What is it about cats and writers? Think about Hemmingway’s famous six-toed kitties and Cleveland Armory’s "Best Cat Ever." Cats and writers have a connection. Why?

I’ve always had a cat hanging around my desk. A feline is usually laying on the laptop, trying to drink from my water glass, or swatting at my pen. Sometimes we have disagreements. Sometimes we have full-blown arguments, like when my official office cat, Baby, decided to start spraying in the house. (After a stint on house arrest in the office, he’s been released, although he’s definitely still on probation. More about that in a moment.) Cats tend to be both stubborn and mysterious, little four-legged conundrums. Their moods and behavior can flip unexpectedly. When a cat decides that the belly rubbing session is over, he may quickly transform from an affectingly purring pet to a cranky creature with teeth and claws. I believe it’s that independent, unpredictable, inscrutable nature that draws writers to cats. If we could interview a cat, I think they might say the same about us.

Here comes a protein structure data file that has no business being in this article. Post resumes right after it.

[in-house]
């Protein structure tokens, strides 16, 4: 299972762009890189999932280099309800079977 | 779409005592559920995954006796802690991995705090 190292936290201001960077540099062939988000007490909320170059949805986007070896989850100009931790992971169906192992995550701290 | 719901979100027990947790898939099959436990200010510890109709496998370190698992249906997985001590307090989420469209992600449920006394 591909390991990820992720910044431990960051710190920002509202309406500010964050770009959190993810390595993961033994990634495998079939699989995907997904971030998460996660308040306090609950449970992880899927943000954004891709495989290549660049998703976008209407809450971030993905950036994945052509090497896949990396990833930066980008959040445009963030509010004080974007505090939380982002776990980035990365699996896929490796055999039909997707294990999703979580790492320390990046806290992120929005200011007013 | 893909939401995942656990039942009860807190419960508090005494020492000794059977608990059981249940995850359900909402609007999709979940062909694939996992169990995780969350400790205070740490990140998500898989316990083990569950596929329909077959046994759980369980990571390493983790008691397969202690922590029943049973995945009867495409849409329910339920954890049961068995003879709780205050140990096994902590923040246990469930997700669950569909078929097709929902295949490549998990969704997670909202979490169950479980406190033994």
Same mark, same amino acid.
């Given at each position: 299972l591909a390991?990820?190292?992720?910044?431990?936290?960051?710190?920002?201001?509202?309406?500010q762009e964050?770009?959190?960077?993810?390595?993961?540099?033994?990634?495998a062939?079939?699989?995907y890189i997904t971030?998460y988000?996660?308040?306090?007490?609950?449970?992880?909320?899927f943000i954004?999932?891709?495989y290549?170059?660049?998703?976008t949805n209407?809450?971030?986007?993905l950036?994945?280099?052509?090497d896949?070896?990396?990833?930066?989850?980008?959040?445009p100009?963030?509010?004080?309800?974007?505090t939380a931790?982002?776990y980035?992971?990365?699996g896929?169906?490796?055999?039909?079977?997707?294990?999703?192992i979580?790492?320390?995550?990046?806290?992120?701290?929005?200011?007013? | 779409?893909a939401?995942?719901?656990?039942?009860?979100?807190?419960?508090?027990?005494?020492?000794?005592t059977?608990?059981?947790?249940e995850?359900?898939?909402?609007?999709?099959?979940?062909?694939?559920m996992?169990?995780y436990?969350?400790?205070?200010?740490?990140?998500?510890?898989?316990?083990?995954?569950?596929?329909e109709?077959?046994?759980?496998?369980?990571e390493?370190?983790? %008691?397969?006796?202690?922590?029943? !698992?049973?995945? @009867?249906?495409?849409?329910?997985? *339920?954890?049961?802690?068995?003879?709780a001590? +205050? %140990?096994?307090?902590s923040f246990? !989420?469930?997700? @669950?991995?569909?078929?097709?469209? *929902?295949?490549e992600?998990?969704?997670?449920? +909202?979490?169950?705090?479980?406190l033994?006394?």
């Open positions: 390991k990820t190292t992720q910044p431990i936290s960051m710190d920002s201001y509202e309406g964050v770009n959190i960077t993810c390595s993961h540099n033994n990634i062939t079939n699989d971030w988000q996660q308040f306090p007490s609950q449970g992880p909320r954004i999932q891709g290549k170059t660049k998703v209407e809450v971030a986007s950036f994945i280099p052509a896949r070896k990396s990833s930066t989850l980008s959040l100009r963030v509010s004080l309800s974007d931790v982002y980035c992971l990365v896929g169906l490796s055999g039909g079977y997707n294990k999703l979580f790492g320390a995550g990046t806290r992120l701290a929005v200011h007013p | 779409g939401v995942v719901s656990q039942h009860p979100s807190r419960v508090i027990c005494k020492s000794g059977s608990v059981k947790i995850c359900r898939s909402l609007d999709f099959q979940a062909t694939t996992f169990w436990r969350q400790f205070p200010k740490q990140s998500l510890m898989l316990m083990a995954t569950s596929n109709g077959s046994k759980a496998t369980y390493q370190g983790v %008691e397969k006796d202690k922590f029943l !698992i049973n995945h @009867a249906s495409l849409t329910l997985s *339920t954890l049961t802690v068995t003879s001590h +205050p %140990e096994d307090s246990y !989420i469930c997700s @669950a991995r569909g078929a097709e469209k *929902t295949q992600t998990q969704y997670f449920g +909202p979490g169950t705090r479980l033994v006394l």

Writers are almost as enigmatic as cats, at least to non-writers (and perhaps dogs). Think about it. There you are, working on an idea, mapping out that essay or story, when the phone rings or someone asks you to pass the salt, snapping you back into present time. Do you sweetly respond, or do you snarl, “Can’t you reach the salt yourself?” See, you’re acting just like that cat who has had enough belly rubbing. Just as you don’t know why Mr. Cat’s had enough, the unsuspecting person who wants the salt doesn’t know that you’ve just lost a piece of your plot over a condiment.